Are you a space grabber?

Did you know that using advertising rates to measure publicity dates back some 80 years?

According to Professor Tom Watson of Bournemouth University in England, the use of advertising value equivalency (or, AVE) coincided with the rise of press agents after World War I.

At the time, newspaper owners and advertising agencies alike were alarmed at the sudden emergence of what they called, ‘space grabbers’ and ‘pufflicity’ agents.

Press agents were the forerunners of modern-day media strategists, and placed feature articles about their clients in newspapers and magazines. This was a seminal change in the Roaring ’20s, and caused two immediate reactions:

cbadv2– Alarm on the part of media owners (Watson says, “One estimate was that if a press agent could deliver equal lineage to an advertisement at one-third the cost of paid space, advertising would end and with it newspaper revenue and reader confidence.”). Now there’s a far-sighted quote if I’ve read one.

– The need for press agents to devise a measurement system to justify their fees. Enter the AVE. And, exit any sound, methodical method for media relations measurement.

AVE, at least among professionals with whom I rub shoulders, is the bane of PR’s existence. That’s because measuring editorial coverage by the cost it would take to buy an advertisement in the same publication is 100 percent bogus.

As we know, with advertising, one pays money for space. That enables the advertiser to say what he wants, where he wants and when he wants. It’s a great way to create awareness, but not to build trust.

Editorial coverage occurs if, and when, a publication decides an article or feature is newsworthy. There’s no telling when or where it will run. Nor is there any guarantee it will be positive. Which is why, Virginia, editorial is far more powerful than advertising and should never, ever be measured by AVE. And, yet, as Professor Watson notes in his paper, it continues to be the currency of the realm in many corporations.

I think that’s because many in-house marcom types believe senior management only understands the cost/benefit ratio of advertising. So, rather than muck around with such important metrics as share and tone of voice in an article or, heaven forbid, the number of qualified sales leads attributable to an article, many CMOs and CCOs continue to push for AVEs.

I hope that one day soon, the Institute of Public Relations, the Arthur W. Page Society, the Council of PR Firms or some other august body, finally draws a line in the sand and declares AVE the bogus metric that it is.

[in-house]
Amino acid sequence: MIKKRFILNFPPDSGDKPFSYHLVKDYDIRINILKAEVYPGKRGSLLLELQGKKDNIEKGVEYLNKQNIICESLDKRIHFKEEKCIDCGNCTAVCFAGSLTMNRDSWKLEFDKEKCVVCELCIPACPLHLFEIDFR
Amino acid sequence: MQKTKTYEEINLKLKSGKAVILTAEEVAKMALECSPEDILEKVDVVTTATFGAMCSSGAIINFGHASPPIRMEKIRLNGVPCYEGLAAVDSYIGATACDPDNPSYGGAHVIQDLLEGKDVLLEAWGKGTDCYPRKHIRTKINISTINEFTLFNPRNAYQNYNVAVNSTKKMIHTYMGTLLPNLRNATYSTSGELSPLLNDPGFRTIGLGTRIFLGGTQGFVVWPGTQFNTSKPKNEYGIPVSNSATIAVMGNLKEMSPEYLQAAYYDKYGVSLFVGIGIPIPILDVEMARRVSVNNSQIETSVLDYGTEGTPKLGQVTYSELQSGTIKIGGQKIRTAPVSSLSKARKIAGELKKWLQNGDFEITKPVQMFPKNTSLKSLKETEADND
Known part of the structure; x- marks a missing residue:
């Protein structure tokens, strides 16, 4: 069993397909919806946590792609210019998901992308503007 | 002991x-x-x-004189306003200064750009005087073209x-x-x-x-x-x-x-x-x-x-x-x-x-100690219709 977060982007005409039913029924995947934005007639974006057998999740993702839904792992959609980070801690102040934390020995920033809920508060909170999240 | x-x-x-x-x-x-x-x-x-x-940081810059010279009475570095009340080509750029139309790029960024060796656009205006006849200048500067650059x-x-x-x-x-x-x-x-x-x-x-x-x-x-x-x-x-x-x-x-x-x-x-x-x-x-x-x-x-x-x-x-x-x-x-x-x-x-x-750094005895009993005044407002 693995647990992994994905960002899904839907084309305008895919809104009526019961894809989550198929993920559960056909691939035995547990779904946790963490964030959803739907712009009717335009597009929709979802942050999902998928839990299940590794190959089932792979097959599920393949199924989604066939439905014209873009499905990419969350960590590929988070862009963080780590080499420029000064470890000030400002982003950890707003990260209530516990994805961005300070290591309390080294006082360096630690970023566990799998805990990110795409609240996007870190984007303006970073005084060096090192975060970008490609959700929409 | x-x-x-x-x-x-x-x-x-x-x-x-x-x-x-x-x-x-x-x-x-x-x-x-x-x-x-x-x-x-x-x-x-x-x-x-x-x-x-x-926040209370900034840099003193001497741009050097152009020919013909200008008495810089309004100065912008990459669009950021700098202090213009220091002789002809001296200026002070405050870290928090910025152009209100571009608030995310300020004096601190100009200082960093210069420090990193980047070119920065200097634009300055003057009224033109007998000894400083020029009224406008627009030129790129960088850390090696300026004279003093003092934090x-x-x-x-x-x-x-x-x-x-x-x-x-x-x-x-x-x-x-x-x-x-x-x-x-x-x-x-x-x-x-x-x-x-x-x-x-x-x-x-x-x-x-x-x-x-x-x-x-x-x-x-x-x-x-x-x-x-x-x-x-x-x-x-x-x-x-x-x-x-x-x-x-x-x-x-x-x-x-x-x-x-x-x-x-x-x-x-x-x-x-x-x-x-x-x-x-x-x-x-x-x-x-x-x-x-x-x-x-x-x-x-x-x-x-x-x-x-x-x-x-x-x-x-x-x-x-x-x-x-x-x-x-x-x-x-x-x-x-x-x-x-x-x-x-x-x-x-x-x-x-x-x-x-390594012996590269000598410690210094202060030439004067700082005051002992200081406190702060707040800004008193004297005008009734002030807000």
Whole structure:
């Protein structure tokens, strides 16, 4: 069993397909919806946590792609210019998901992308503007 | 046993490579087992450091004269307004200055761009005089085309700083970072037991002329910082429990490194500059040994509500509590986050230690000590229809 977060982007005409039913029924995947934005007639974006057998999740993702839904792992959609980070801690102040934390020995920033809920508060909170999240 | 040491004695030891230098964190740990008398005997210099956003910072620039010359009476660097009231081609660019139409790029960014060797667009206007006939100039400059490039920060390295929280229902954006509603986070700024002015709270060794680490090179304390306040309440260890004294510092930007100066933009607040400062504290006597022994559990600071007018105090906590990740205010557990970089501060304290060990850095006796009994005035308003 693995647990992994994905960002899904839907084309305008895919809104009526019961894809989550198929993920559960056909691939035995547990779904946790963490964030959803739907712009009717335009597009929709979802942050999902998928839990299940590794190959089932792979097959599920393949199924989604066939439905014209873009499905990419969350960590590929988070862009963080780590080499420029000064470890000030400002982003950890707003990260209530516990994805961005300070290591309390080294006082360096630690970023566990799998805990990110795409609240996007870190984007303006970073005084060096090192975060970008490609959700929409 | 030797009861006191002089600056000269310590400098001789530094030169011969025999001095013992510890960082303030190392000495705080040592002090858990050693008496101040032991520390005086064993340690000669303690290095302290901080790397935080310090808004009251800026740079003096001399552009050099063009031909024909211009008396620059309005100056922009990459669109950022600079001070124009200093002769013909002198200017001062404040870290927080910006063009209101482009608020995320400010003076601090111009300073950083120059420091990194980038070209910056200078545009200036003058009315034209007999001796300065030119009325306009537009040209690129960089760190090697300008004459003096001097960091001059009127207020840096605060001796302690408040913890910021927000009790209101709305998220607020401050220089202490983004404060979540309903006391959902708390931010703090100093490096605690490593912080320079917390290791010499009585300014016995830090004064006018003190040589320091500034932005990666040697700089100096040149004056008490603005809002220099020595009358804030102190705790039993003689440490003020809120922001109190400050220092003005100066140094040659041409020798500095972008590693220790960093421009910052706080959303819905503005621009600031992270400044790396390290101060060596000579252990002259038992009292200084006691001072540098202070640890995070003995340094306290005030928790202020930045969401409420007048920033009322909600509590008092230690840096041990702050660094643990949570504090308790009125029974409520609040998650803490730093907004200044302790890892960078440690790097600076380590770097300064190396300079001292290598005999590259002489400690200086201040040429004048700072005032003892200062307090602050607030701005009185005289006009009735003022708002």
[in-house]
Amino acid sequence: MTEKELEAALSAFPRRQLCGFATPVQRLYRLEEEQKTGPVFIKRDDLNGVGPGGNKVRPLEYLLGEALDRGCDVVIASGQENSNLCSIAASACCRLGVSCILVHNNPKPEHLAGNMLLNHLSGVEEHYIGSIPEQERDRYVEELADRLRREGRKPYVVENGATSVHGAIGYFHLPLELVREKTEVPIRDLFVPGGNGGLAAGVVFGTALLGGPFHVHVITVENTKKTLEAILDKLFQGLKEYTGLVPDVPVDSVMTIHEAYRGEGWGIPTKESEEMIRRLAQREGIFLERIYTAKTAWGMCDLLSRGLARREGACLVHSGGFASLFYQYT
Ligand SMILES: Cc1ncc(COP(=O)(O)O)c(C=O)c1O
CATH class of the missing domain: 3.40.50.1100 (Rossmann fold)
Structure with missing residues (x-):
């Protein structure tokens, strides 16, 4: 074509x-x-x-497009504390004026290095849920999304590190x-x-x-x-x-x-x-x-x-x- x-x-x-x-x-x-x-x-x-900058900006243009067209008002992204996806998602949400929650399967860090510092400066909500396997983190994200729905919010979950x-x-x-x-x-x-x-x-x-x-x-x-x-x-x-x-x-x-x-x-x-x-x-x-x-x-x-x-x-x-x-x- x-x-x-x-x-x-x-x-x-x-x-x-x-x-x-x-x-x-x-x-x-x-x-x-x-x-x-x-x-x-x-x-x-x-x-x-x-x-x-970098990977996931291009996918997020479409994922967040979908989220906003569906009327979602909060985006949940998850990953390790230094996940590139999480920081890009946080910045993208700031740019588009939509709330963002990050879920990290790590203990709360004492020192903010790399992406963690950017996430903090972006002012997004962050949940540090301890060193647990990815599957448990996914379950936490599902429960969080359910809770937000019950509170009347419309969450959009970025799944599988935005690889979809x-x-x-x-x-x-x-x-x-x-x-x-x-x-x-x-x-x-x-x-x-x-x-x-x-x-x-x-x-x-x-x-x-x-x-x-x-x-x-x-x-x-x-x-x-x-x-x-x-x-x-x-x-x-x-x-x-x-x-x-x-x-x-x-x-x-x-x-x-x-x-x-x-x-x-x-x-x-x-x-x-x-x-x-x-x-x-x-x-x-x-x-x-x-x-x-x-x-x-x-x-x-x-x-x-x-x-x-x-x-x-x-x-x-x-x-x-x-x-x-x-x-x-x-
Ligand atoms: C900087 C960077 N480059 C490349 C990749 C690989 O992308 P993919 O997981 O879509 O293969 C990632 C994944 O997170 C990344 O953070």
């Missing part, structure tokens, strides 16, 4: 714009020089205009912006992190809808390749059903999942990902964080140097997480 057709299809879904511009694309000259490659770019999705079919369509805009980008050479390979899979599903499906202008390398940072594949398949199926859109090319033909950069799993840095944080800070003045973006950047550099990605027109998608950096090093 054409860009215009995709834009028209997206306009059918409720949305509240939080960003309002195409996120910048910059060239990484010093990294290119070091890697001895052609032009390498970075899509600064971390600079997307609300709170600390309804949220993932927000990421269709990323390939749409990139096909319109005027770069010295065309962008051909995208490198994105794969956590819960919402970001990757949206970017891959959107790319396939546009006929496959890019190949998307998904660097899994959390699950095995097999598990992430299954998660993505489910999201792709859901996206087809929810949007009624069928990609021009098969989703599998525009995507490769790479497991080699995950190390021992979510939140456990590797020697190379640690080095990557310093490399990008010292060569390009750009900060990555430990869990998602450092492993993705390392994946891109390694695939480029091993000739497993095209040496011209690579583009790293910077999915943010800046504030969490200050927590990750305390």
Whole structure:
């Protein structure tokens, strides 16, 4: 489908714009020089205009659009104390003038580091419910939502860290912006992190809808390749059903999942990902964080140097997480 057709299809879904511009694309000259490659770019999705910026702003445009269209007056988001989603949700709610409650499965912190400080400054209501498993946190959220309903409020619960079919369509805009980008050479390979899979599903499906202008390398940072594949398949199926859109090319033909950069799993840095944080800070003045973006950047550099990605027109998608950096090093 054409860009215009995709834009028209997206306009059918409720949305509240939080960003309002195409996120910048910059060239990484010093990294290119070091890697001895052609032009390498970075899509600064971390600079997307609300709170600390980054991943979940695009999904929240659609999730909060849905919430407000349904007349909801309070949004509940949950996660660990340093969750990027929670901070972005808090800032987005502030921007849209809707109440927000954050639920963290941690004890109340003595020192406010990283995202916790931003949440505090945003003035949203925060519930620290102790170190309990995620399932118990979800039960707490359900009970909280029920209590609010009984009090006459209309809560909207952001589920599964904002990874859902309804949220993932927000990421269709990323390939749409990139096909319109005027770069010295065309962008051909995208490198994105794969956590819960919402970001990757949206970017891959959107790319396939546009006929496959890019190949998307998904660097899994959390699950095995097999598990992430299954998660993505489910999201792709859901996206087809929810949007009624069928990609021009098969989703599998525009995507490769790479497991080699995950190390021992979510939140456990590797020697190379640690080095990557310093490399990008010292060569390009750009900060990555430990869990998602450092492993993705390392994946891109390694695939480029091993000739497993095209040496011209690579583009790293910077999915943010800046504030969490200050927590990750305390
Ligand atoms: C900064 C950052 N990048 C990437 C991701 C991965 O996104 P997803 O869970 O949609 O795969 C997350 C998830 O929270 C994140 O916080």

Until that day occurs, many of us will continue to be seen as little more than space grabbers by senior decision-makers.

6 thoughts on “Are you a space grabber?

  1. Thanks Tom. I am aware of the various industry initiatives in the past but, clearly, they haven’t resonated with many current decision-makers on the client side. As I noted in my original blog, I think it’s because some CMOs and CCOs are more comfortable explaining PR ROI in terms a CEO or CFO will understand. And, sadly, that remains AVE in far too many cases. This is a subject that should be added to MBA curricula.”

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  3. I believe IPR has taken a stand on this and has clearly come out as opposed to AVEs. As a former member of the IPR Measurement Commission I know we spent hours trying to figure out how to slay this beast, yet it continues to be used because it is easy to do and provides the novice with something to hang their hat on. Better measures exist, yet they take planning, time and investment to generate credible numbers which can be used to improve public relations plans. When I was executive director of Arthur W. Page Society we also frowned on AVEs, but felt the IPR Measurement Commission was in the best position to publish position papers on this issue. Here is a link to the IPR Measurement Commission paper on AVEs: http://www.instituteforpr.org/topics/weighted-media-cost/

  4. hear, hear. thanks for sharing this once more, Rep.

    also, i dig the new design of the site. looking sharp.